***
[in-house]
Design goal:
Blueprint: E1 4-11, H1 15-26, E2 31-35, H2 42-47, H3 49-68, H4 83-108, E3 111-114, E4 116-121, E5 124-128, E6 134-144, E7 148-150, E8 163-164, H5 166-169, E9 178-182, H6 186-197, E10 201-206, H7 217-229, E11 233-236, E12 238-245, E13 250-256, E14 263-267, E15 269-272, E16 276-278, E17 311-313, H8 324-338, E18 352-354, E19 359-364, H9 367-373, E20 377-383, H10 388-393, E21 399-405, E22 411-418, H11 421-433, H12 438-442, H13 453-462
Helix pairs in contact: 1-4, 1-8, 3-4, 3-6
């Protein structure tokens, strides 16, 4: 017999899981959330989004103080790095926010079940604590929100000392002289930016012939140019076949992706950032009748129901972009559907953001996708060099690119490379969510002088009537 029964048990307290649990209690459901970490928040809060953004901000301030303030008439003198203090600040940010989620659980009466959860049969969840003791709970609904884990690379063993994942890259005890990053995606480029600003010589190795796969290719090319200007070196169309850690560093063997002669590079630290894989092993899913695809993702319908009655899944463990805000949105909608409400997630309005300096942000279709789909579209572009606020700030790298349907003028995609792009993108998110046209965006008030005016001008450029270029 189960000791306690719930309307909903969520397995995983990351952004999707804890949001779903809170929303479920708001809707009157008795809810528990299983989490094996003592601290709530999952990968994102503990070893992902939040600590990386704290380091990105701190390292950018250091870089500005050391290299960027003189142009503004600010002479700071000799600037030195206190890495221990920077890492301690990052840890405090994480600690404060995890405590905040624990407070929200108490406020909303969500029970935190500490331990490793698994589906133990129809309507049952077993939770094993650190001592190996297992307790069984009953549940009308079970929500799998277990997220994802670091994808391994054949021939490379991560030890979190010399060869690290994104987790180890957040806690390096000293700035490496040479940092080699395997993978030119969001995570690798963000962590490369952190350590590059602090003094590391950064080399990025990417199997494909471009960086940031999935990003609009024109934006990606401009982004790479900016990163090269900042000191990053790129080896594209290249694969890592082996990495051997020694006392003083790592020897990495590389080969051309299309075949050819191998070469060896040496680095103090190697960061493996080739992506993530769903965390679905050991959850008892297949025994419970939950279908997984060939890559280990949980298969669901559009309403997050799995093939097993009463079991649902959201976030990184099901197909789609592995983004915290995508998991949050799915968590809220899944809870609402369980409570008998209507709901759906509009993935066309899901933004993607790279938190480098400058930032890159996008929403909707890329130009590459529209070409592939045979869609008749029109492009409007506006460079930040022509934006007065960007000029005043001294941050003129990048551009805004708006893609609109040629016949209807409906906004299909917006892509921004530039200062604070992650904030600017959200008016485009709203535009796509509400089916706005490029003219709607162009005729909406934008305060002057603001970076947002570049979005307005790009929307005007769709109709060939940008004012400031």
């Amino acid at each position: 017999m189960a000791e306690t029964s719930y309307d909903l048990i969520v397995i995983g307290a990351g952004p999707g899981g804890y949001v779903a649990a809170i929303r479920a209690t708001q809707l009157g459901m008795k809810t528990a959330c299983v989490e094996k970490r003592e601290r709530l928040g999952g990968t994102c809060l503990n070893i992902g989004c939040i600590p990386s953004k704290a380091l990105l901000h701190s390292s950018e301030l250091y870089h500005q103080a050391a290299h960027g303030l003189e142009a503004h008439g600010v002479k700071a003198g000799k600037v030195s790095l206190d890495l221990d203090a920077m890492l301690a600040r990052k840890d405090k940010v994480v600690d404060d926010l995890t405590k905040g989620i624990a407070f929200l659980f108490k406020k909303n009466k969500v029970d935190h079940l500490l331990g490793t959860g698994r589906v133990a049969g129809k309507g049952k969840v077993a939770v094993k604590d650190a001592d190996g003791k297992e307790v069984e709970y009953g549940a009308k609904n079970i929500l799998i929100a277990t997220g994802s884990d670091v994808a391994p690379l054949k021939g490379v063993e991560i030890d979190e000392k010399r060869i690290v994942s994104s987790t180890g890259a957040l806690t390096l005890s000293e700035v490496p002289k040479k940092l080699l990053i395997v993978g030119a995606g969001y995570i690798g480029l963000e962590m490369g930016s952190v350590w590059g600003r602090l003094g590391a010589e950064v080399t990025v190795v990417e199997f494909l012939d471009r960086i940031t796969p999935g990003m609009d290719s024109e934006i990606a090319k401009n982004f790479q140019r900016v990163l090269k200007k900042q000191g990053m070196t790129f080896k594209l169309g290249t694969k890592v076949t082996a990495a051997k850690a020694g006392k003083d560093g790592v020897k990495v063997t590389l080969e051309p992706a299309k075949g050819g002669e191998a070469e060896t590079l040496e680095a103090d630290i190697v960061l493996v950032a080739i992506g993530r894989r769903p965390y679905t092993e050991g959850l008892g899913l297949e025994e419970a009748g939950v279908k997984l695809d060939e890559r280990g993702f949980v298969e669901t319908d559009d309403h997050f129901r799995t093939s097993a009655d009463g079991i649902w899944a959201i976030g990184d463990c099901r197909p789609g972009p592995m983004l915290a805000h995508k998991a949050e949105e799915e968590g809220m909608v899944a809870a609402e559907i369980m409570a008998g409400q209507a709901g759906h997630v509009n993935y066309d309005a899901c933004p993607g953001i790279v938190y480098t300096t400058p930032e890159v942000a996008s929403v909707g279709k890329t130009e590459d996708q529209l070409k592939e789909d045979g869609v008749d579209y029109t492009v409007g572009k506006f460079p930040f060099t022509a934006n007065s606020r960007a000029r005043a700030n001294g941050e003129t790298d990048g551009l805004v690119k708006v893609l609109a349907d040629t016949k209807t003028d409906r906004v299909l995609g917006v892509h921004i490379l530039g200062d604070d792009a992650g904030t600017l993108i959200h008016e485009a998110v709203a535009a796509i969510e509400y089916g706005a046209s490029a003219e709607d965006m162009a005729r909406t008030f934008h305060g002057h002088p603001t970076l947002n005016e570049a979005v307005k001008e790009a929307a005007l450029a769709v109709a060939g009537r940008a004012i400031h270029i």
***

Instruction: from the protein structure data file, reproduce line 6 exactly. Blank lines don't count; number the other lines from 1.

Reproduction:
């Amino acid at each position: 017999m189960a000791e306690t029964s719930y309307d909903l048990i969520v397995i995983g307290a990351g952004p999707g899981g804890y949001v779903a649990a809170i929303r479920a209690t708001q809707l009157g459901m008795k809810t528990a959330c299983v989490e094996k970490r003592e601290r709530l928040g999952g990968t994102c809060l503990n070893i992902g989004c939040i600590p990386s953004k704290a380091l990105l901000h701190s390292s950018e301030l250091y870089h500005q103080a050391a290299h960027g303030l003189e142009a503004h008439g600010v002479k700071a003198g000799k600037v030195s790095l206190d890495l221990d203090a920077m890492l301690a600040r990052k840890d405090k940010v994480v600690d404060d926010l995890t405590k905040g989620i624990a407070f929200l659980f108490k406020k909303n009466k969500v029970d935190h079940l500490l331990g490793t959860g698994r589906v133990a049969g129809k309507g049952k969840v077993a939770v094993k604590d650190a001592d190996g003791k297992e307790v069984e709970y009953g549940a009308k609904n079970i929500l799998i929100a277990t997220g994802s884990d670091v994808a391994p690379l054949k021939g490379v063993e991560i030890d979190e000392k010399r060869i690290v994942s994104s987790t180890g890259a957040l806690t390096l005890s000293e700035v490496p002289k040479k940092l080699l990053i395997v993978g030119a995606g969001y995570i690798g480029l963000e962590m490369g930016s952190v350590w590059g600003r602090l003094g590391a010589e950064v080399t990025v190795v990417e199997f494909l012939d471009r960086i940031t796969p999935g990003m609009d290719s024109e934006i990606a090319k401009n982004f790479q140019r900016v990163l090269k200007k900042q000191g990053m070196t790129f080896k594209l169309g290249t694969k890592v076949t082996a990495a051997k850690a020694g006392k003083d560093g790592v020897k990495v063997t590389l080969e051309p992706a299309k075949g050819g002669e191998a070469e060896t590079l040496e680095a103090d630290i190697v960061l493996v950032a080739i992506g993530r894989r769903p965390y679905t092993e050991g959850l008892g899913l297949e025994e419970a009748g939950v279908k997984l695809d060939e890559r280990g993702f949980v298969e669901t319908d559009d309403h997050f129901r799995t093939s097993a009655d009463g079991i649902w899944a959201i976030g990184d463990c099901r197909p789609g972009p592995m983004l915290a805000h995508k998991a949050e949105e799915e968590g809220m909608v899944a809870a609402e559907i369980m409570a008998g409400q209507a709901g759906h997630v509009n993935y066309d309005a899901c933004p993607g953001i790279v938190y480098t300096t400058p930032e890159v942000a996008s929403v909707g279709k890329t130009e590459d996708q529209l070409k592939e789909d045979g869609v008749d579209y029109t492009v409007g572009k506006f460079p930040f060099t022509a934006n007065s606020r960007a000029r005043a700030n001294g941050e003129t790298d990048g551009l805004v690119k708006v893609l609109a349907d040629t016949k209807t003028d409906r906004v299909l995609g917006v892509h921004i490379l530039g200062d604070d792009a992650g904030t600017l993108i959200h008016e485009a998110v709203a535009a796509i969510e509400y089916g706005a046209s490029a003219e709607d965006m162009a005729r909406t008030f934008h305060g002057h002088p603001t970076l947002n005016e570049a979005v307005k001008e790009a929307a005007l450029a769709v109709a060939g009537r940008a004012i400031h270029i």